Perhaps many of our first experiences with Shakespeare are tied up with school. Watching videos of BBC productions with shaky scenery in the library on dark and rainy winter afternoons (The Tempest). Ploughing (wo)manfully through your first part with plays read aloud in the classroom, (Shylock in the Merchant of Venice). Your first experience of Shakespeare live.
The first performance I saw was Macbeth, our set O level text in 1987. I remember little of the details, the date or the theatre, even, but I do remember the impact the production made. The text which we had pored over (I still have my copy, painstaking notes crammed in the margins), leapt from the stage. The lines we had read so often we knew off by heart sparked with life:
'When shall we three meet again?'
'... not so happy yet happier ...'
And my personal favourite: 'come fate into the lists and champion me to the utterance.'
That became something of a motto for the teenage years.
'The Tragedie of Macbeth' was first published in Folio in 1623. Books, films, plays - while they don't alter, we do. Three decades on I would be quite glad if fate let up a little. The line did not jump out at me watching the latest film production of 'Macbeth' on a flight the other night. I waited for it - it may in fact have been cut. While I admire Michael Fassbender and Marion Cotillard, have enjoyed many of their films, this version of Macbeth didn't move me. It was undeniably epic in feel - slo mo battles, authentically grubby, swirling fires, but it felt detached, with none of the genuinely disturbing, raw and sexy darkness Macbeth means to me.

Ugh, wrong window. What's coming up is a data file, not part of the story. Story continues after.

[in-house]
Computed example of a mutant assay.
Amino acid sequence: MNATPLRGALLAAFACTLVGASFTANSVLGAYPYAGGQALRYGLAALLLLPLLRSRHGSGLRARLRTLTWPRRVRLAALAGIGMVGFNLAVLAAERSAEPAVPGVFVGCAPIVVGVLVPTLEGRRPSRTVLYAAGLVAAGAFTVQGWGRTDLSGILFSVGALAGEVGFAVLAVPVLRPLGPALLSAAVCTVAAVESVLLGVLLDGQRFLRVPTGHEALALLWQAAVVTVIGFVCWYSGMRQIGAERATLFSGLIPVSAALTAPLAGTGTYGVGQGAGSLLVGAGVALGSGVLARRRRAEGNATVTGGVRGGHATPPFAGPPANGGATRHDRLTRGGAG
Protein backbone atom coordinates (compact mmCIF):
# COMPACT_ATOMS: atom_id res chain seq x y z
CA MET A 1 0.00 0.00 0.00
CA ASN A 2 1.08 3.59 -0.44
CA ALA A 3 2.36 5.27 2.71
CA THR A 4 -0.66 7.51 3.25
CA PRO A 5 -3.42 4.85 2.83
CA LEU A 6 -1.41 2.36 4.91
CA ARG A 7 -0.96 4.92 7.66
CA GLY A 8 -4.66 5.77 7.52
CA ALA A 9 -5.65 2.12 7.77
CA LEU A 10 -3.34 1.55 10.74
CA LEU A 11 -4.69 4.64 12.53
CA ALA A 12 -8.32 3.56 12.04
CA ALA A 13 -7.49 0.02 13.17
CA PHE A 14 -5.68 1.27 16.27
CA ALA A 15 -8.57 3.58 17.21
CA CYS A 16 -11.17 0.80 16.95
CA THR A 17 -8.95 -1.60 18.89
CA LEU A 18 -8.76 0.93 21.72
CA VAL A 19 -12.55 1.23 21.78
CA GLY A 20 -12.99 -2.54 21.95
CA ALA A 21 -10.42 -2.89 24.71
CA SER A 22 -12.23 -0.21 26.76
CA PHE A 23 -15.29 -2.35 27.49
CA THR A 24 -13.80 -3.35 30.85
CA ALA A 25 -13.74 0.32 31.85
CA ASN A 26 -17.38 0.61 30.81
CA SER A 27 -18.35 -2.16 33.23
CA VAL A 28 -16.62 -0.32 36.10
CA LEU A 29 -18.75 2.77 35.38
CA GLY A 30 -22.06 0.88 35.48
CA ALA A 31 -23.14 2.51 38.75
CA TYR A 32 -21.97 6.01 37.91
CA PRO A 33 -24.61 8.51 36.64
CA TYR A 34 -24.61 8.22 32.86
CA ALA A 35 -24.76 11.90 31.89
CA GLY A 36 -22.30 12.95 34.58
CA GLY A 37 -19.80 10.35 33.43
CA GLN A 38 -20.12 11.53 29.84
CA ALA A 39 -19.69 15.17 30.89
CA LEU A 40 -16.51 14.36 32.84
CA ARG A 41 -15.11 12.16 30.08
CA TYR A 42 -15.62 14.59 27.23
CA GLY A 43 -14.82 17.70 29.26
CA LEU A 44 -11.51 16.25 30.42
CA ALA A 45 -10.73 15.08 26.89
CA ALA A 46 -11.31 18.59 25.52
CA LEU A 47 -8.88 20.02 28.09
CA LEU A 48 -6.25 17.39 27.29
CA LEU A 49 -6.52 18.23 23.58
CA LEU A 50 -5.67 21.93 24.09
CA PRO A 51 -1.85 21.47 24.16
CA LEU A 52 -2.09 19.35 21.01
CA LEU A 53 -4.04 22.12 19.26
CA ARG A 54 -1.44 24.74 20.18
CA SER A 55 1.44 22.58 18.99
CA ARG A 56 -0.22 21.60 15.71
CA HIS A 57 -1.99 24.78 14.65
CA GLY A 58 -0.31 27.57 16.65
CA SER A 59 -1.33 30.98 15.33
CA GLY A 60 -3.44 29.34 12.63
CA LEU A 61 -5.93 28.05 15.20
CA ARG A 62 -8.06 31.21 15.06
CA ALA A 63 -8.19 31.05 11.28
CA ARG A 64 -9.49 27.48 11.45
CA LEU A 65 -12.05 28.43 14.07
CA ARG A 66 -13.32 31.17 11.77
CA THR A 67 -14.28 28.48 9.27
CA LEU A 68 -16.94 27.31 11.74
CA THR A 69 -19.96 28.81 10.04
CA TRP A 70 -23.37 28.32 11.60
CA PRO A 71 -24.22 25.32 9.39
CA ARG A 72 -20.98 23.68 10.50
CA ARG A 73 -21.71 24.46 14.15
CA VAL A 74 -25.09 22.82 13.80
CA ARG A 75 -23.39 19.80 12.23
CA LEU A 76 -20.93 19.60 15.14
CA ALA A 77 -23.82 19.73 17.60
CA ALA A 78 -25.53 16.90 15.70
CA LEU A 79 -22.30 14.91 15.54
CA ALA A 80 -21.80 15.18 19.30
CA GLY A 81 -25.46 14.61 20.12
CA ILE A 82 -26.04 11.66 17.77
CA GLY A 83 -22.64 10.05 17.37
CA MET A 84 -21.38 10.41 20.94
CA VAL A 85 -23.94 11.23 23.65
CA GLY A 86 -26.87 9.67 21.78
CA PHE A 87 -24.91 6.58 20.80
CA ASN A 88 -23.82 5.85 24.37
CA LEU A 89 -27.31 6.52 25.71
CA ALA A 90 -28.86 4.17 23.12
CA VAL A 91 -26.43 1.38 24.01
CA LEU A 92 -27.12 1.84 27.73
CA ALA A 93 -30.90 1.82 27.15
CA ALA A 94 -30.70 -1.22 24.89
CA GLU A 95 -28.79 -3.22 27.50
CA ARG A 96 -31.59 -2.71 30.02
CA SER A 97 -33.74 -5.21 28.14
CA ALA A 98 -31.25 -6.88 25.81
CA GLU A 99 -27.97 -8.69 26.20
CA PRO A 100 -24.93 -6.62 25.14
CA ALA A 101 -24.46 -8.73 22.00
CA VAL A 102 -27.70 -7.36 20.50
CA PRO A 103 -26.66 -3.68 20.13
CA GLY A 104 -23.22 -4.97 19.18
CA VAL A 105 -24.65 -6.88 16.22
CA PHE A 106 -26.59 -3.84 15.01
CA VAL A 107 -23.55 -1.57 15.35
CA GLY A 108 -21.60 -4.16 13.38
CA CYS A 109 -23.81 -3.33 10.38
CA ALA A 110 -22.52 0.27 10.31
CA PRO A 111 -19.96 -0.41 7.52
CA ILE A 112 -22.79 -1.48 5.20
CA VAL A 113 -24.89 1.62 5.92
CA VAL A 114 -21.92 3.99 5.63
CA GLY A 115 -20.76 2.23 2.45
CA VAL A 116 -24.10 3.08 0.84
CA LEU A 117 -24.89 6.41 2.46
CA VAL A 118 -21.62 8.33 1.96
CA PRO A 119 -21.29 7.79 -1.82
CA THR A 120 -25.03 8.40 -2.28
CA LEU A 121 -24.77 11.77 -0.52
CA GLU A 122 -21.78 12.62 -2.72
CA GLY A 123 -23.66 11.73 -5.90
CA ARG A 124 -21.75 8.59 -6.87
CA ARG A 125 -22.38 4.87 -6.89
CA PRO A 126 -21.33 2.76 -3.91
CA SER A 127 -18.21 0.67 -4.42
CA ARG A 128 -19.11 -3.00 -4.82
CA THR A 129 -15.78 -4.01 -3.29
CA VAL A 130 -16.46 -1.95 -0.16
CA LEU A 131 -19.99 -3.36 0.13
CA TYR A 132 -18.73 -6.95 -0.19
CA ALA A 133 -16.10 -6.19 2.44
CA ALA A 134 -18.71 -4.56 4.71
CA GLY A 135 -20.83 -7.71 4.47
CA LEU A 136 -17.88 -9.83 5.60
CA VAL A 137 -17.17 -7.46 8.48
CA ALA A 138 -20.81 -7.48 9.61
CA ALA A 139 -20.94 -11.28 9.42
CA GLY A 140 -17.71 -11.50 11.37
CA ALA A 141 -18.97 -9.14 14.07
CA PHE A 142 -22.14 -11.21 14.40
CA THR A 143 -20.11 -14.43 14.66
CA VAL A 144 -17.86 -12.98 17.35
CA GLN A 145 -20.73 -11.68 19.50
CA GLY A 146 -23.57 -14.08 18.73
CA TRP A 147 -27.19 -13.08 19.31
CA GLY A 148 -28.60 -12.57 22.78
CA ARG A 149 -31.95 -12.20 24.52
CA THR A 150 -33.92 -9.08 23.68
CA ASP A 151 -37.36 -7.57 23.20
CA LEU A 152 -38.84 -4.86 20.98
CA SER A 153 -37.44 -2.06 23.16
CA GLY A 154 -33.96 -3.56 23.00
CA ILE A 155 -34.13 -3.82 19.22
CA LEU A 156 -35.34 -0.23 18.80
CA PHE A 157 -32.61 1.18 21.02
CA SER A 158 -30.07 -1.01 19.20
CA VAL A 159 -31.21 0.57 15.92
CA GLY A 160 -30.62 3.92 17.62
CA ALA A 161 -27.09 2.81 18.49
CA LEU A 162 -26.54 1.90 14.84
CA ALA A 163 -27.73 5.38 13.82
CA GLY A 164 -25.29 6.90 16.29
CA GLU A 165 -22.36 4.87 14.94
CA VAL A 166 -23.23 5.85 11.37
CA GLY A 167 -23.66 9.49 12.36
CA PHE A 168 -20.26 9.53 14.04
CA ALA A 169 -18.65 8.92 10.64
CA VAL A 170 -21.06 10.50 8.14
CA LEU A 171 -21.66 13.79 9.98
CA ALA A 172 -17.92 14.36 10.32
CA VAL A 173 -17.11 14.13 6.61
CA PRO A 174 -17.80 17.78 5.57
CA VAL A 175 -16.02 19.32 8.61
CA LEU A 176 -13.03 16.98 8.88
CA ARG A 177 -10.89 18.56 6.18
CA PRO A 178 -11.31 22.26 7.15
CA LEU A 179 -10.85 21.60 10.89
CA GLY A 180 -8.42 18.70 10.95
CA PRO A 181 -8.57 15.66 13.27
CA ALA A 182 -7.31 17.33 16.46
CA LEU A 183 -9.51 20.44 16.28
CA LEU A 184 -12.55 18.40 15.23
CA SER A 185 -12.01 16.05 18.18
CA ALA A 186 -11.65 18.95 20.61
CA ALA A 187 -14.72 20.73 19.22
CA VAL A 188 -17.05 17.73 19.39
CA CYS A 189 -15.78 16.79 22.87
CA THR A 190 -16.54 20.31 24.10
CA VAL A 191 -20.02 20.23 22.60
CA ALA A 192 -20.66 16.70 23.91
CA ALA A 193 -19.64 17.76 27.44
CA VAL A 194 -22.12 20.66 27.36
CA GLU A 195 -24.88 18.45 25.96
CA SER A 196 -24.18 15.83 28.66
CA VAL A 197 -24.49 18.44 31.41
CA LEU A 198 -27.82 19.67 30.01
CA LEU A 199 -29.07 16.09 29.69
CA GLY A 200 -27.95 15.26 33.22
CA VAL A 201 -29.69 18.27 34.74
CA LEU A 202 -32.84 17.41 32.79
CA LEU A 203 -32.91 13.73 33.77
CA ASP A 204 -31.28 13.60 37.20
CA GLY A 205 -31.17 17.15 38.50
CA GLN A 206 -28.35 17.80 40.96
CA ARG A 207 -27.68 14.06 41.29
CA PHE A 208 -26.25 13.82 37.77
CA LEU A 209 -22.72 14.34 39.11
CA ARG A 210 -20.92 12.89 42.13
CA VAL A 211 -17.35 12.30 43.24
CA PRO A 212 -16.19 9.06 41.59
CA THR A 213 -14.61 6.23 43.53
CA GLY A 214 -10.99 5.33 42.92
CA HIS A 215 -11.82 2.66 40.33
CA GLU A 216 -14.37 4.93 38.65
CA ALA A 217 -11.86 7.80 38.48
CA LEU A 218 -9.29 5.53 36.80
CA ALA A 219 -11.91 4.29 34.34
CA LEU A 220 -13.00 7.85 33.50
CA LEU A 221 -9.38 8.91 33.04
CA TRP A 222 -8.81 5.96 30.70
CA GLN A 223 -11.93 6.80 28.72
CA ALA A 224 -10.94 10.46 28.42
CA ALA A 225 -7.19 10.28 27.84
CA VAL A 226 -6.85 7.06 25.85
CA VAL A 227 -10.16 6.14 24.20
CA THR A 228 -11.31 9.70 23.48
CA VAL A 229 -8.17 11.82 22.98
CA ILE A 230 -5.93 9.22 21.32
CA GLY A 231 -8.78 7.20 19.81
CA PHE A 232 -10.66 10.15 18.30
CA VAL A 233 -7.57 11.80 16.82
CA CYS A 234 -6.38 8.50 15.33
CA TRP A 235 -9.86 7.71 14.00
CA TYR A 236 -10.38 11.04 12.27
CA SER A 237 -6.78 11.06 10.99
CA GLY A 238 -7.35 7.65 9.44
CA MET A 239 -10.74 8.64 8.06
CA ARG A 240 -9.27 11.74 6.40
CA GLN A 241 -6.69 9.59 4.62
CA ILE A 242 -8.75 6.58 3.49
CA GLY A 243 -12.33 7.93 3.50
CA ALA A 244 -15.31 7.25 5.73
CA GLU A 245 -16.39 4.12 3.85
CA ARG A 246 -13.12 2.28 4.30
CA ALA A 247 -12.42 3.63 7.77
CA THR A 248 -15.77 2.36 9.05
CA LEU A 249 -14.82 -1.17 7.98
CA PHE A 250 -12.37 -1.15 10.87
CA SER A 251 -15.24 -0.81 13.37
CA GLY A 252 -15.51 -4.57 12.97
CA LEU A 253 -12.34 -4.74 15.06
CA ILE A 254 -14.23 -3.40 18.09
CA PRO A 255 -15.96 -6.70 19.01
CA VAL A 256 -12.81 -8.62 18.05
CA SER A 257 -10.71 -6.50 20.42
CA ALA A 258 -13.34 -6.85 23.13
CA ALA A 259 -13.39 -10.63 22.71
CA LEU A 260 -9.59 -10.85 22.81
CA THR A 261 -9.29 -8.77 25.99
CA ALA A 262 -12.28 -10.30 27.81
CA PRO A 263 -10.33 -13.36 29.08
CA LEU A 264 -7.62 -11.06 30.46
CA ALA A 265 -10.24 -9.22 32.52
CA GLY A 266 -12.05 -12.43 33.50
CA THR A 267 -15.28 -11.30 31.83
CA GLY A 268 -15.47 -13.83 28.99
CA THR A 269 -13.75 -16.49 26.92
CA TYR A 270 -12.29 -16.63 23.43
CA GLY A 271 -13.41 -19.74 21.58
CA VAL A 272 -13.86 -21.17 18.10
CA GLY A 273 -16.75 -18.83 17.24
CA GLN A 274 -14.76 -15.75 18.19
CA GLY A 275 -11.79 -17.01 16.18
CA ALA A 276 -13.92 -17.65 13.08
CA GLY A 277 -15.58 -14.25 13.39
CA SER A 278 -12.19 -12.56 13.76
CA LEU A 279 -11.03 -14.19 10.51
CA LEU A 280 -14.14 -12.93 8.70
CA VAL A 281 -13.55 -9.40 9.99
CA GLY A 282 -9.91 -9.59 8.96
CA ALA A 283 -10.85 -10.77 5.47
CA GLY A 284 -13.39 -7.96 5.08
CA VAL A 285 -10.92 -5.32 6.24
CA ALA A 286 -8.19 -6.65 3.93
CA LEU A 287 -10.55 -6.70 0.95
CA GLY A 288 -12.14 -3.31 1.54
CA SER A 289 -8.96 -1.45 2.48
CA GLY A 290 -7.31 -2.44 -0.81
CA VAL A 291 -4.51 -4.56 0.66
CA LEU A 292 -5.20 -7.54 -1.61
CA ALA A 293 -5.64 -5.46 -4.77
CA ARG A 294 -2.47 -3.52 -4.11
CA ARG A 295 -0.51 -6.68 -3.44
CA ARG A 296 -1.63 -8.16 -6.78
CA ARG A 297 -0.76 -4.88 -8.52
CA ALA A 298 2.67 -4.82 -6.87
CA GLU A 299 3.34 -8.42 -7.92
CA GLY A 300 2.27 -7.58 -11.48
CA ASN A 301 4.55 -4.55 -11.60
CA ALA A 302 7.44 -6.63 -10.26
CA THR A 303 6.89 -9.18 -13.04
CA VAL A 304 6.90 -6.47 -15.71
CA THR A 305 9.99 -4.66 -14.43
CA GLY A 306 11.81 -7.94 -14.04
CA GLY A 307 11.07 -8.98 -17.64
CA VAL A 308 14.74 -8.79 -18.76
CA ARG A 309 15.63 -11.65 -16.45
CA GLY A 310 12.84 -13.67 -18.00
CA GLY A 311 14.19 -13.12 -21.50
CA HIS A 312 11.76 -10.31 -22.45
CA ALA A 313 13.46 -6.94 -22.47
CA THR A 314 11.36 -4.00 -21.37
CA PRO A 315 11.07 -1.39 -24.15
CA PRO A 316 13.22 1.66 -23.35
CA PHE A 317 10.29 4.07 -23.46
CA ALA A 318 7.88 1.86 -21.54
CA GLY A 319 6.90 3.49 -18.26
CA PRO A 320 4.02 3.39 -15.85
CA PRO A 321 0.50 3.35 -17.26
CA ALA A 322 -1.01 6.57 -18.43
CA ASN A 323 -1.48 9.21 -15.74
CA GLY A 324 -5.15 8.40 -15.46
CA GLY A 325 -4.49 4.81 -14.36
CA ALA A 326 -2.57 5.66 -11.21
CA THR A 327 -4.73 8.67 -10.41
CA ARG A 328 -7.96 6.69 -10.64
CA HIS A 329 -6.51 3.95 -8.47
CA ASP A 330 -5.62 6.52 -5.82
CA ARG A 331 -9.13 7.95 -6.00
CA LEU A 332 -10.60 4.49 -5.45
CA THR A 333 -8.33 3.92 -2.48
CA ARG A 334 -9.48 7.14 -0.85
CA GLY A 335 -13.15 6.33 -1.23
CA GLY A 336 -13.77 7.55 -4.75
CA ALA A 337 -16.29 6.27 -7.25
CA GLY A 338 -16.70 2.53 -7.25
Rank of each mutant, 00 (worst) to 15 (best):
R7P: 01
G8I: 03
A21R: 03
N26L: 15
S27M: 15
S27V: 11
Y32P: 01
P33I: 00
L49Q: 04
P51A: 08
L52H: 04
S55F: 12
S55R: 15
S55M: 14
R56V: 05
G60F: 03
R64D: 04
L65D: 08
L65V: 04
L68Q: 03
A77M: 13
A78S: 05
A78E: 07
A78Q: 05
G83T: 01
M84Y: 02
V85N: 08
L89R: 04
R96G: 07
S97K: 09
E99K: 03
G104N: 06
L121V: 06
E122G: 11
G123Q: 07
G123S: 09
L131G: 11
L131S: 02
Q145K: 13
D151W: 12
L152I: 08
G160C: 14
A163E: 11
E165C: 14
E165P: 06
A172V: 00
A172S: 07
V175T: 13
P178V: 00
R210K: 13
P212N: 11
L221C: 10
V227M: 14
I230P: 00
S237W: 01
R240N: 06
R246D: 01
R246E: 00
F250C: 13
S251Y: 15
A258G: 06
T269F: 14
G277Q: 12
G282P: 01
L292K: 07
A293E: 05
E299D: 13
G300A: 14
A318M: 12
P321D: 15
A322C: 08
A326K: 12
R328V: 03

There have been many other Shakespeare productions since. A Winter's Tale at the RSC in Stratford. Romeo and Juliet en plein air ('Defy your stars' came a close second as teen motto). But none has had the impact of that first Macbeth. Huge red banners soared from a jet black stage. The play opened with all the noise and raw energy of the battlefield. And Lady Macbeth had none of Cotillard's coolness. 'Lady Macbeth is painted granite', Kenneth Tynan once said. 'It is basically a man's role'. Really? Complex, certainly. Brutal, driven, ambitious - but can't women be that too? I would have loved to have seen Helen Mirren play Lady Macbeth.
Coyly referred to as 'the Scottish play' in dressing rooms up and down the land, this is my favourite of all Shakespeare's plays, because perhaps it was my first. It's believed to be bad luck, incidentally, because a real spell is apparently written into the text, and reciting it aloud releases the curse. The theme of witchcraft was topical - in 1590 Shakespeare's royal patron oversaw trials in Scotland, and wrote a treatise 'Daemonologie' in Scottish dialect, which was translated into English shortly after he took the throne. Dr Johnson said the way to gain favour with King James was to flatter his opinions about witchcraft. Perhaps 'Macbeth' was simply one great compliment from Shakespeare to his patron.